Japanese recycles lots of Kana.Japanese greatly reduces the number of potential Kana you need to learn by recycling a small set of basic symbols to represent a much larger number of sounds. The key to this linguistic efficiency is the use of little double slash marks called dakuten (濁点, “voiced marks”). As the name implies, these diacritic marks transform each of the “voiceless” sounds in Japanese into their “voiced” counterparts. Here are a few examples (note that the only difference between the Kana on the left and right is the dakuten in the upper-right corner):ka = か → ga = が; sa = さ → za= ; and ta = た → da = だ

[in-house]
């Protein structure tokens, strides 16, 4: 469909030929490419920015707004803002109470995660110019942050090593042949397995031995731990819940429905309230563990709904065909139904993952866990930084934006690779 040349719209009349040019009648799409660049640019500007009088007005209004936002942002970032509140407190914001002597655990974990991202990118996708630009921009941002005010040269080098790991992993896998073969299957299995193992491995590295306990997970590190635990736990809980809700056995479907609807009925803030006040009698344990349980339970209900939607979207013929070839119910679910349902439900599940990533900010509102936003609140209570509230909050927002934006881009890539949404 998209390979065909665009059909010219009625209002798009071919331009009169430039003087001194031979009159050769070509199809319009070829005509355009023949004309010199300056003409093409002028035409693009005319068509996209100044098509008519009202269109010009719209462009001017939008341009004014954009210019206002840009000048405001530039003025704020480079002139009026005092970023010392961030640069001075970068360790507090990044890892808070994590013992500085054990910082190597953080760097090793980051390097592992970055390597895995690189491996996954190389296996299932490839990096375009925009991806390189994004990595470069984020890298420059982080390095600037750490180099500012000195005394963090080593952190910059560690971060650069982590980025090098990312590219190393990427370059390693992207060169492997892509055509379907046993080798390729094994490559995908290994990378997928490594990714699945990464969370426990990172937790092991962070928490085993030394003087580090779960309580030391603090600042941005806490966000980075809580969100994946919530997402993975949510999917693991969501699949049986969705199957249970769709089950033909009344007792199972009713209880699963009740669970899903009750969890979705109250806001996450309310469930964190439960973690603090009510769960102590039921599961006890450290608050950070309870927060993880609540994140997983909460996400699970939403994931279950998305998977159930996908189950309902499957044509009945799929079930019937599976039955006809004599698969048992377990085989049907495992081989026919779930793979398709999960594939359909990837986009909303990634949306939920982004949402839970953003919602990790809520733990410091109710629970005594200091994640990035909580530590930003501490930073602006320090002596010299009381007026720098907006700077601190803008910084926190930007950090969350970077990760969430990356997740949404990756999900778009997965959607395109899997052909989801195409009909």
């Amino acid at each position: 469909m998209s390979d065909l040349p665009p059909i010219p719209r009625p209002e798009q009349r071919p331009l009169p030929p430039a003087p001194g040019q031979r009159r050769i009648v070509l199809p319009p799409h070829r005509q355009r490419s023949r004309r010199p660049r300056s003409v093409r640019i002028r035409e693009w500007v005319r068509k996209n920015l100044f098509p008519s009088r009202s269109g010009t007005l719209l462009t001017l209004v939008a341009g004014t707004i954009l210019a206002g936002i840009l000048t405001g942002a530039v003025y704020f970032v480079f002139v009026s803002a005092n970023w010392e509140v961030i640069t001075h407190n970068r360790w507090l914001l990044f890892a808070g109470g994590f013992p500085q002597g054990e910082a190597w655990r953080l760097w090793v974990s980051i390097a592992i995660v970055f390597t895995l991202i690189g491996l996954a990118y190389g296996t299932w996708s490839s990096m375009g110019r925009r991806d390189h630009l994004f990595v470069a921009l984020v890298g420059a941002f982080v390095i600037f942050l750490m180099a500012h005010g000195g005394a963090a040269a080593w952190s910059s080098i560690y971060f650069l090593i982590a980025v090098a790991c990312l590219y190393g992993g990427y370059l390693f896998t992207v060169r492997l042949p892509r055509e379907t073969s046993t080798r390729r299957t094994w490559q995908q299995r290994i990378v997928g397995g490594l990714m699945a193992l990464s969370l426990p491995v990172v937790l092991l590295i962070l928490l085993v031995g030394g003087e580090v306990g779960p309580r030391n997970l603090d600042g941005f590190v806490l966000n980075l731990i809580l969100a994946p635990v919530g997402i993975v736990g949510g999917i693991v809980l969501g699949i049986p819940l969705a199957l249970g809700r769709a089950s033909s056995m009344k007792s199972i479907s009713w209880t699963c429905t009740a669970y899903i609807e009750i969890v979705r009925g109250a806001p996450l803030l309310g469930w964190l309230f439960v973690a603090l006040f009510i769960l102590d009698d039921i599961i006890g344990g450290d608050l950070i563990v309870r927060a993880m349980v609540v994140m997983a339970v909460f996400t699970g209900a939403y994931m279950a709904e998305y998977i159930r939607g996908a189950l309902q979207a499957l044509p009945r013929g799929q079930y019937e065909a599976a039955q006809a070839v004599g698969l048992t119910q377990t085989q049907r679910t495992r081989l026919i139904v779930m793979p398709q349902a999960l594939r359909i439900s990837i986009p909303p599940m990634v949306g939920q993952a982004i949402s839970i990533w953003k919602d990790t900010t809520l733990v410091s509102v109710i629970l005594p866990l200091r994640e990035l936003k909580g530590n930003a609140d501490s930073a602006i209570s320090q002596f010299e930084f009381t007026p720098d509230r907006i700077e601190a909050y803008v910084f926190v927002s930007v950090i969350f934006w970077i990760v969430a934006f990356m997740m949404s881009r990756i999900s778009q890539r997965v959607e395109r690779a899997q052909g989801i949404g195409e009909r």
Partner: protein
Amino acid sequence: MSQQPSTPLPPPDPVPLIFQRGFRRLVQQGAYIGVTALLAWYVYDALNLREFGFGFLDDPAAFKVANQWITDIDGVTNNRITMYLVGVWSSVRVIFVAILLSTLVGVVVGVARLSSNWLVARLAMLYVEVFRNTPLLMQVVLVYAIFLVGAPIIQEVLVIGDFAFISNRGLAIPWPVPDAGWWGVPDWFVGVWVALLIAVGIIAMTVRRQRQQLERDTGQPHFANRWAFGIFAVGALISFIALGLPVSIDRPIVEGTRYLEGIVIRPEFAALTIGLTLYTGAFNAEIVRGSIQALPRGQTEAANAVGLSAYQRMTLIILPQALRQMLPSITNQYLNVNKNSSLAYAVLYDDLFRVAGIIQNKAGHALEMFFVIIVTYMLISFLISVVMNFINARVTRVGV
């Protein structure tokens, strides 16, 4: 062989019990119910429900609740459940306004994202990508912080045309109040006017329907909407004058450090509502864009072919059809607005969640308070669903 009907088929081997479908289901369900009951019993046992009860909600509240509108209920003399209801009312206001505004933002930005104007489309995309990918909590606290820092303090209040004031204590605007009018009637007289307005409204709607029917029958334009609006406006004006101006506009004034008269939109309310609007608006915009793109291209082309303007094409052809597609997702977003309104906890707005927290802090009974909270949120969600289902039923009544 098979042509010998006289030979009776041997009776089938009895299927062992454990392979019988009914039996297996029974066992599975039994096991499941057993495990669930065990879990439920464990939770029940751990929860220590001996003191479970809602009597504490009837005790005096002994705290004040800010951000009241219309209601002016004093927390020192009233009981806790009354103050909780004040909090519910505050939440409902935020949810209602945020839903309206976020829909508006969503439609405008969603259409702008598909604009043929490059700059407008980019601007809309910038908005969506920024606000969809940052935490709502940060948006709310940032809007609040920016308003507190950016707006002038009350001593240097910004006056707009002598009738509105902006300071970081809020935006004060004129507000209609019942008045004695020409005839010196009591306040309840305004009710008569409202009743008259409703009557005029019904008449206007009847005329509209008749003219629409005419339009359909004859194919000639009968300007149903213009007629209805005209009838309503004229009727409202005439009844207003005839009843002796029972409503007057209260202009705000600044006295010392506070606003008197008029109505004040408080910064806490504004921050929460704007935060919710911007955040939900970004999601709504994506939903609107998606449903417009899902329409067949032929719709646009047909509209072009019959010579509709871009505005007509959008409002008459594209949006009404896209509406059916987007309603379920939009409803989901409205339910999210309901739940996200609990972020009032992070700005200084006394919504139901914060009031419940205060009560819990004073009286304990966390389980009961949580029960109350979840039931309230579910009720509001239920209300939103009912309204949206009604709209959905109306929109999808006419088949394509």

Now, Japanese is not a “tonal” language.Unlike Mandarin, Cantonese, Vietnamese, Thai, etc., Japanese is not a tonal language. The Japanese language does sometimes differentiate meaning using a high and low distinction (what linguists call “pitch accent”), but the good news is that you do not need to learn a specific tone for each and every syllable like you do in languages like Chinese.And in the fairly infrequent cases when pitch is used to distinguish meaning, the context will almost always do the heavy lifting for you. For example: even though the word hashi can mean “chopsticks” (箸), “bridge” (橋), or “edge” (端) depending on the pitch accent (high-low, low-high, and flat in this case), you will know that somebody wants you to pass the “chopsticks” when at a restaurant, not a “bridge” or the “edge” of the table.Kanji can be learned extremely quickly, provided you go to any of the best institute for Japanese language in Delhi NCR. Armed with the right attitude, methods, and materials, a motivated learner can master the meaning and writing of all standard use Kanji in a matter of months, not years or even decades as is usually the case with traditional rote approaches. Learning all the Kanji readings will take longer, but knowing just the basic meaning of all standard use Kanji (常用漢字) is a huge head start. You must know that when Chinese students study Japanese, they already know what the kanji mean and how to write them. They have only to learn how to read them. In fact, Chinese grammar and pronunciation have about as much to do with Japanese as English does. It is their knowledge of the meaning and writing of the kanji that gives the Chinese the decisive edge.